…Please, please, please let her know you read it. Or you started it and didn’t like it. Or you’re planning to read it in ten years, when you’ve cleared out every other book you have piled up in your living room waiting to be read.
Whatever you do, don’t just say nothing, as if you don’t remember that the book exists.
Authors act tough, but in reality they are fragile creatures. They’ve sweated long hours and bared their souls to create that book.
The worst thing that could happen to it would be for it to fade away into obscurity. Because if the book is invisible, so is the author.
Silence is torture.
Which is why I was so happy when my sister called to talk about my newest book, Time Without, the other day. She chatted about the story, said how she would have ended it, and suggested a few new characters for future stories.
I appreciated every minute. To have her call and chat about the book was the best gift she could have given me.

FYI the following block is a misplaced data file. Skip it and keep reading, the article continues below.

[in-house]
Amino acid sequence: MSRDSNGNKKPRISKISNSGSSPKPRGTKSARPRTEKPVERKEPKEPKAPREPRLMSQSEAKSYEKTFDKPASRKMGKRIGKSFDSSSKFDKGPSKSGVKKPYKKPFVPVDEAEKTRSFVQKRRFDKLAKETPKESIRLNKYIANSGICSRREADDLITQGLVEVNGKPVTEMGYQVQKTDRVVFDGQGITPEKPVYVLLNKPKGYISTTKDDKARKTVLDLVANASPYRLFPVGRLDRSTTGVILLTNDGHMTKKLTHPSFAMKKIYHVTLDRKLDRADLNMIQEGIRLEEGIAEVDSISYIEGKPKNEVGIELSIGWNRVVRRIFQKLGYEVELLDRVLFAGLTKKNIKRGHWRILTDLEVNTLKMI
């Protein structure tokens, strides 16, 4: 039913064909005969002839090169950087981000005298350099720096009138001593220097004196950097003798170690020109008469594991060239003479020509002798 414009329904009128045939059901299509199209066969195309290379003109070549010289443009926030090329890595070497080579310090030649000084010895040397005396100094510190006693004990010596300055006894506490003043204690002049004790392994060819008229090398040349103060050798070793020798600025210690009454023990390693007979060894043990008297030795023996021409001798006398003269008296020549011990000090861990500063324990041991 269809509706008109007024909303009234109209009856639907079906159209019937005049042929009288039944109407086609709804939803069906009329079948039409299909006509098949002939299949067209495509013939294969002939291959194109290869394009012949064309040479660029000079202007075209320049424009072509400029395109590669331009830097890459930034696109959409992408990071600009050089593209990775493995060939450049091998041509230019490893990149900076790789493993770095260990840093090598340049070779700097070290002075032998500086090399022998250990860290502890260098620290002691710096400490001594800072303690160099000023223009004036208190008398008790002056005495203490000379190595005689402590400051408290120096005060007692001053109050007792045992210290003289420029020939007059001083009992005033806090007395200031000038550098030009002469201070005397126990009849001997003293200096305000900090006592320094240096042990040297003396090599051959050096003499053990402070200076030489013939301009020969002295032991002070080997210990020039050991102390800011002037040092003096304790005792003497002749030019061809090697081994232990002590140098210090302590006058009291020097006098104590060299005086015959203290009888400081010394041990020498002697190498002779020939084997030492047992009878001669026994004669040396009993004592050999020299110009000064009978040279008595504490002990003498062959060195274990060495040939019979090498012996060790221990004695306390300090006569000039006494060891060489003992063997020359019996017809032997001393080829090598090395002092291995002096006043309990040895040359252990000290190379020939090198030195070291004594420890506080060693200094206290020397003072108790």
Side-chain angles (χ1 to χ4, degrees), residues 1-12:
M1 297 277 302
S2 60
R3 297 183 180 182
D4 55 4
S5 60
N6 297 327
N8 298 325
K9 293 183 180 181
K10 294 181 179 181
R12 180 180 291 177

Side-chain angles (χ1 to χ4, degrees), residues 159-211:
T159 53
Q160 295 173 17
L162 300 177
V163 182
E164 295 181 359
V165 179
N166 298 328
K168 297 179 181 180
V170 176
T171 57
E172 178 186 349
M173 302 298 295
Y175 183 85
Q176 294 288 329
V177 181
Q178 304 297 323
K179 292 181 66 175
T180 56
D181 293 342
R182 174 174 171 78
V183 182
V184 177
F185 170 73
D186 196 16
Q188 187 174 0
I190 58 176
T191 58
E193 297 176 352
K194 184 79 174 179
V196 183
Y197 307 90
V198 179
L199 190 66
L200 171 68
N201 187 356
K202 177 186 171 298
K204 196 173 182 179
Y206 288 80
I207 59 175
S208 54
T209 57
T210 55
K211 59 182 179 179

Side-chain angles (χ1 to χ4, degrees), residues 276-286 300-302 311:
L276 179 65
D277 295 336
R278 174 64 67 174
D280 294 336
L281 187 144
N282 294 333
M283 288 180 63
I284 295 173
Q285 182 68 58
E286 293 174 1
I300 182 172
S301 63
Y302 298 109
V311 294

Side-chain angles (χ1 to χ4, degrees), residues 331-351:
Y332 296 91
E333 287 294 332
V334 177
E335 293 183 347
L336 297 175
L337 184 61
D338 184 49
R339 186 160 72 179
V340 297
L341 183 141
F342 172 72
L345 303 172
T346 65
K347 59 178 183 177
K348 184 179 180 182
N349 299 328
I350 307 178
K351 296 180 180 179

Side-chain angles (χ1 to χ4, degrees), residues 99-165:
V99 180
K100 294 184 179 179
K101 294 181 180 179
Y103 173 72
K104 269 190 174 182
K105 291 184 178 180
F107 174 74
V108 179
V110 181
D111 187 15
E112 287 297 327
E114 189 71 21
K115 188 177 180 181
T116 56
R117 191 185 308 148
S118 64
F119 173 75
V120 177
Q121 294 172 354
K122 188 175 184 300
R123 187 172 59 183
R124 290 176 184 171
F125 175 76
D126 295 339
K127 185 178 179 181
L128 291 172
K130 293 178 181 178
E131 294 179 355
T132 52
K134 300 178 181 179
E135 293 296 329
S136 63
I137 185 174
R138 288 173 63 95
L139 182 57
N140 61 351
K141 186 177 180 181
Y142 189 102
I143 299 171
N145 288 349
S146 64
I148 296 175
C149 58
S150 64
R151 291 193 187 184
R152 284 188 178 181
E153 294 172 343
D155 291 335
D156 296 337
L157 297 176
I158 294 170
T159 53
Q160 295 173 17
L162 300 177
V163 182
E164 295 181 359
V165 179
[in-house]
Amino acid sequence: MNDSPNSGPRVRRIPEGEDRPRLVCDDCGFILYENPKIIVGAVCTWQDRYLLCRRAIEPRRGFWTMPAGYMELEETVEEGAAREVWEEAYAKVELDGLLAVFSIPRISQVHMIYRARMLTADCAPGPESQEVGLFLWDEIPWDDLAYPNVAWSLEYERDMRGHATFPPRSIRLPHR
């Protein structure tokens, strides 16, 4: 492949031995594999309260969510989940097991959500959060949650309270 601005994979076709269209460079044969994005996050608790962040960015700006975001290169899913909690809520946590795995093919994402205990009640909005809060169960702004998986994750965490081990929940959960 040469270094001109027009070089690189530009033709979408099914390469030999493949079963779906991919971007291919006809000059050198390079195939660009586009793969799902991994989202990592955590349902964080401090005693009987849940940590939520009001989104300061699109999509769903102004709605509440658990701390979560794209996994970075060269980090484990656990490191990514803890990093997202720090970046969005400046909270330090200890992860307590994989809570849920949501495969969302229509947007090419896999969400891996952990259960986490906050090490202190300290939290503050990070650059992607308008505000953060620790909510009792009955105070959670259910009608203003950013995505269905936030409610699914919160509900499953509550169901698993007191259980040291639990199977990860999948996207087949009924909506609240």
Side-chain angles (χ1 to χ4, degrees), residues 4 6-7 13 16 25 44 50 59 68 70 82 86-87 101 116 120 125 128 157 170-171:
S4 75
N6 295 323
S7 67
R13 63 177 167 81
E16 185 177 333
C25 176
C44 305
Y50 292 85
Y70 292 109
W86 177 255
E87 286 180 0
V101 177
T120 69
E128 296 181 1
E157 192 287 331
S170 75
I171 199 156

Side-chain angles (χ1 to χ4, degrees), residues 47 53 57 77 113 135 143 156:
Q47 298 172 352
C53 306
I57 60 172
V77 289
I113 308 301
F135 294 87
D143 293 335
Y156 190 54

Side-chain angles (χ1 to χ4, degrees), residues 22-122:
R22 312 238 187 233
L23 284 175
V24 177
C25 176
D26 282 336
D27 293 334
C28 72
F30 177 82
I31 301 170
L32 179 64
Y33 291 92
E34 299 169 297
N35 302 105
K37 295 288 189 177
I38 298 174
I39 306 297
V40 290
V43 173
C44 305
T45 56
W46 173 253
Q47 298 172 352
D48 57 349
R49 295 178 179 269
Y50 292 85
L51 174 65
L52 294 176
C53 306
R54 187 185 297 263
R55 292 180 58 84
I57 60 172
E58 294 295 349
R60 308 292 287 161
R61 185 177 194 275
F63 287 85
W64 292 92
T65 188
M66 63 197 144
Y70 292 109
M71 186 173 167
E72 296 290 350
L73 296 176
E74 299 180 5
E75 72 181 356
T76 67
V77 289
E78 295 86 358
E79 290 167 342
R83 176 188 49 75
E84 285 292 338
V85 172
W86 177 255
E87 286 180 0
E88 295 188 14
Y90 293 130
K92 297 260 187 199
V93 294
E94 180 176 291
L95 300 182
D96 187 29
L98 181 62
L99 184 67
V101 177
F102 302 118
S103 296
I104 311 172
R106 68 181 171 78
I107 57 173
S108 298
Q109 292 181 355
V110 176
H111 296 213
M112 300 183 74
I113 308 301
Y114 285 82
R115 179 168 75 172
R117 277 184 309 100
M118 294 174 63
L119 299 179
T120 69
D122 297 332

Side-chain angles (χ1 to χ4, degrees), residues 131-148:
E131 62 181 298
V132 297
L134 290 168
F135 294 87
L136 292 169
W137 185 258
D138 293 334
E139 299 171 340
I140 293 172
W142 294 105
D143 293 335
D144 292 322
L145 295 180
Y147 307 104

Too often I give copies of my books to friends and family and I never hear another word about it. It’s as if when I hand them the book it slips sideways into a black hole and is sucked away forever, never to be seen or heard from again.
I don’t know if they read it and hated it, or simply threw it into the trash. ‘Cause it must be one of the two or they’d have some sort of comment to make.
In the past I tried asking what they thought of the book, but that was so awkward I vowed to never do it again. It felt like I was on a fishing expedition for compliments, and I’ve never really liked compliments.
There are drawbacks to being a writer. I can’t help but imagine all the ways a reader might dislike my books. The book’s too long, too short, not exciting enough, too exciting, blah, blah, blah. You name it, I’ve probably thought it. And to make matters worse, my imagination never sleeps, even when I do.
So when an author gives you a book, read it or don’t. But whatever you do, respond! Throw that poor author a bone!